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A City’s Lifeline – Circular Railway


The inauguration last December of a beautifully landscaped on-riverfront Millennium Park, bang in the central business district, was indicative of growing corporate citizenship in Kolkata’s slow-but-finally-happening efforts at changing its face. Part of a very ambitious plan to beautify the entire stretch along the revered river Ganges in line with the Thames Project, it will make every commuter’s ride on the Railway, a refreshingly relaxing one.


Approximately 15 million people to-day live within Calcutta Metropoli-tan District’s 1380 square kilome-tre expanse. While in most modern cities, the road surface area relative to the total area is around 30 percent, here it is barely 4.2 percent, way below even the national average. With unplanned urban growth, this meagre network of roads falls far short of requirements. Also upkeep of these roads has traditionally been very poor. Combined with an uncontrolled mix of incompatible forms of traffic and the menace of hawkers — who continue to occupy pavements and even parts of road under political patronage — transport remains slow, crowded and dangerous.


Insightful planners had, as early as in 1947, explored the possibility of utilising the oval-shaped railway tracks that girdle the city by linking them to form a Circular Railway. The idea was first looked into by the Ginwala Committee, which recommended a surface railway from Dum Dum, on the north-Sealdah section up to Chitpur (used as a goods yard), elevated tracks from Chitpur to Majerhat over Calcutta Port Trust’s existing lines parallel to the river, and surface railway again from Majerhat to Dum Dum along Eastern Railway’s Budge Budge lines via Kankurgachi Chord connector between Sealdah’s north and south divisions. Various committees that followed until the Garbutt Report of 1966, supported the idea in many forms (often with elevated tracks), incurring lower expenses and easier construction, in addition to a straight north-south corridor for better results. Finally, a comprehensive study of the city’s transportation needs made by Metropolitan Transport Project (Railways) in 1969 suggested a suburban dispersal line from Dum Dum to Princep Ghat following the existing alignment mentioned above but entirely on elevated tracks. However, the proposal was categorically dismissed by Soviet consultants, M/s Technoexport with the concurrence of the Government as quite unnecessary, only adding to the crowding problem in the central business district. Consequently, despite the North-south Rapid Transit Metro Project getting sanctioned in 1972, the circular railway concept was finally accepted by the Government only in 1984 — the year metro’s initial truncated services actually came into operation once it was clear that the full completion of the metro would fall way behind schedule and demand.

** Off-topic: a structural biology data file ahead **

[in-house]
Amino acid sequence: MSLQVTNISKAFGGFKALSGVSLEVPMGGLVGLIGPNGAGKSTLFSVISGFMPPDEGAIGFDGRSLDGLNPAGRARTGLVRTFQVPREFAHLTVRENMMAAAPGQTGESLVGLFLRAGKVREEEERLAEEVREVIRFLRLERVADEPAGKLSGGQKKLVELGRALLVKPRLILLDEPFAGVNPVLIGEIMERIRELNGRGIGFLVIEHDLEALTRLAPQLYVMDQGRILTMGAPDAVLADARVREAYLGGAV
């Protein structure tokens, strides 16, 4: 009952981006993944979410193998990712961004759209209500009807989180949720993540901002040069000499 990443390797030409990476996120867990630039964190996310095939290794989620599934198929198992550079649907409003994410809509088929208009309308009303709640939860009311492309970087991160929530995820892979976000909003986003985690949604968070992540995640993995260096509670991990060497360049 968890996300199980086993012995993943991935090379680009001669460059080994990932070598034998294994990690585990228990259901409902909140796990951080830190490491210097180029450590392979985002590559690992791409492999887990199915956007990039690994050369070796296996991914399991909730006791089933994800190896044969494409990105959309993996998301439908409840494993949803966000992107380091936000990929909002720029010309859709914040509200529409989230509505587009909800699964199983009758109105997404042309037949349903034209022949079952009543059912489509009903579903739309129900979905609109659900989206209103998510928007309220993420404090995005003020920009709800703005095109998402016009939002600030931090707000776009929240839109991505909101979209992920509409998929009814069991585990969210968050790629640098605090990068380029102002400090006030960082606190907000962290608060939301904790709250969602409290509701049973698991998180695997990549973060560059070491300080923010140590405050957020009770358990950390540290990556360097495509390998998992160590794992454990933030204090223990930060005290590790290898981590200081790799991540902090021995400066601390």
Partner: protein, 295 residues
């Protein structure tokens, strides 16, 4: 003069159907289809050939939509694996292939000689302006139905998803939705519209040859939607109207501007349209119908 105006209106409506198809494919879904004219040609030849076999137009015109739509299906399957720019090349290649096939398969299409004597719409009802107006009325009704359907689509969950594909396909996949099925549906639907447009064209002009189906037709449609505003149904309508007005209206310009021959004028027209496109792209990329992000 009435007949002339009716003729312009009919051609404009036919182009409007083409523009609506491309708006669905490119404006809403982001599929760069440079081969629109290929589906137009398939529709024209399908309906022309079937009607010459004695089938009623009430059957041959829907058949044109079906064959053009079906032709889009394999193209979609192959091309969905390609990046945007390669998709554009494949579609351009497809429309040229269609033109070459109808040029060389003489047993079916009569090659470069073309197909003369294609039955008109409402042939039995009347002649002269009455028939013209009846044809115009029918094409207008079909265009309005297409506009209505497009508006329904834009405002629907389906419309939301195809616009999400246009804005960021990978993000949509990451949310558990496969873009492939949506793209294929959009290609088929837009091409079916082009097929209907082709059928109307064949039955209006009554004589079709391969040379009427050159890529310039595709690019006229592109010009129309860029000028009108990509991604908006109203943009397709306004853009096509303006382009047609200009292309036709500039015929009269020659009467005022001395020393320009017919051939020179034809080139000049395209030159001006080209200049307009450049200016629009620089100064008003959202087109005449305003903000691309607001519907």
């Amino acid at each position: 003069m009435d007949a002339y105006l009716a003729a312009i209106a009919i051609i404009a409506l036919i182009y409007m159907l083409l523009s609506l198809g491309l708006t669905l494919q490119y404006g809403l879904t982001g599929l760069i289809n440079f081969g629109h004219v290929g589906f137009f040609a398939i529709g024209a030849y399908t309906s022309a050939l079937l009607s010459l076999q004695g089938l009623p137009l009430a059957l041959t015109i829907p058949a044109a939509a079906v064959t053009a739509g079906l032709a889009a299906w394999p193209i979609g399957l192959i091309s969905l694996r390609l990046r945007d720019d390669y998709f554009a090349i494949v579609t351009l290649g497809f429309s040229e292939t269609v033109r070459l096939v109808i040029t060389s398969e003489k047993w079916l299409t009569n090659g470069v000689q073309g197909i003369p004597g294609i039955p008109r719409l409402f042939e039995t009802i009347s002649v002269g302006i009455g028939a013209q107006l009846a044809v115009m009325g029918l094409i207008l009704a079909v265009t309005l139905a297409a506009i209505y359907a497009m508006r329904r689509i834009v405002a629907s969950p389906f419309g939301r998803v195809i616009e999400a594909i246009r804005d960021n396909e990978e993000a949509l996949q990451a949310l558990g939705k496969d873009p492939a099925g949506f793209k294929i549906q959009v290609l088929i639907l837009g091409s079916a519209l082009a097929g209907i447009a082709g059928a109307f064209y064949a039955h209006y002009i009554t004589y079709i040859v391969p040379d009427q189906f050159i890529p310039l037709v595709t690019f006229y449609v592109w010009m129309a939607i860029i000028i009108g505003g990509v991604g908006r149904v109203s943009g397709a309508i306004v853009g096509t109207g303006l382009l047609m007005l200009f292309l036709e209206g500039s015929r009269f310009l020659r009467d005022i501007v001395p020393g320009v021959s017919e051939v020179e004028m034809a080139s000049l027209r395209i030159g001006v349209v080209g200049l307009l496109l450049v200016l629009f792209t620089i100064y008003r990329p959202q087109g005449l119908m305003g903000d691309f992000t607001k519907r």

Although Parliament voted in 1984 on a Rs 75.36 crore estimate (later revised to Rs 86.11 crore) for this four-and-a-half year project broken into four phases, only the first two (6.95 kilometre Baghbazar-Princep Ghat and six-kilometre Baghbazar-Dum Dum) sections got completed by June 1990 incurring a cost of Rs 35 crore based on an initial estimate of Rs 21.69 crore. Of which, Rs seven crore was paid to the Calcutta Port Trust (CPT) for outright transfer of 17 acres of land with existing tracks. Since then, it has existed as a 12.95 kilometre-long single broad-gauge line operating only nine pairs of daily trains on diesel traction with 10 conventional second-class coaches each. And eight stations in between terminal ones at Dum Dum Junction and Princep Ghat.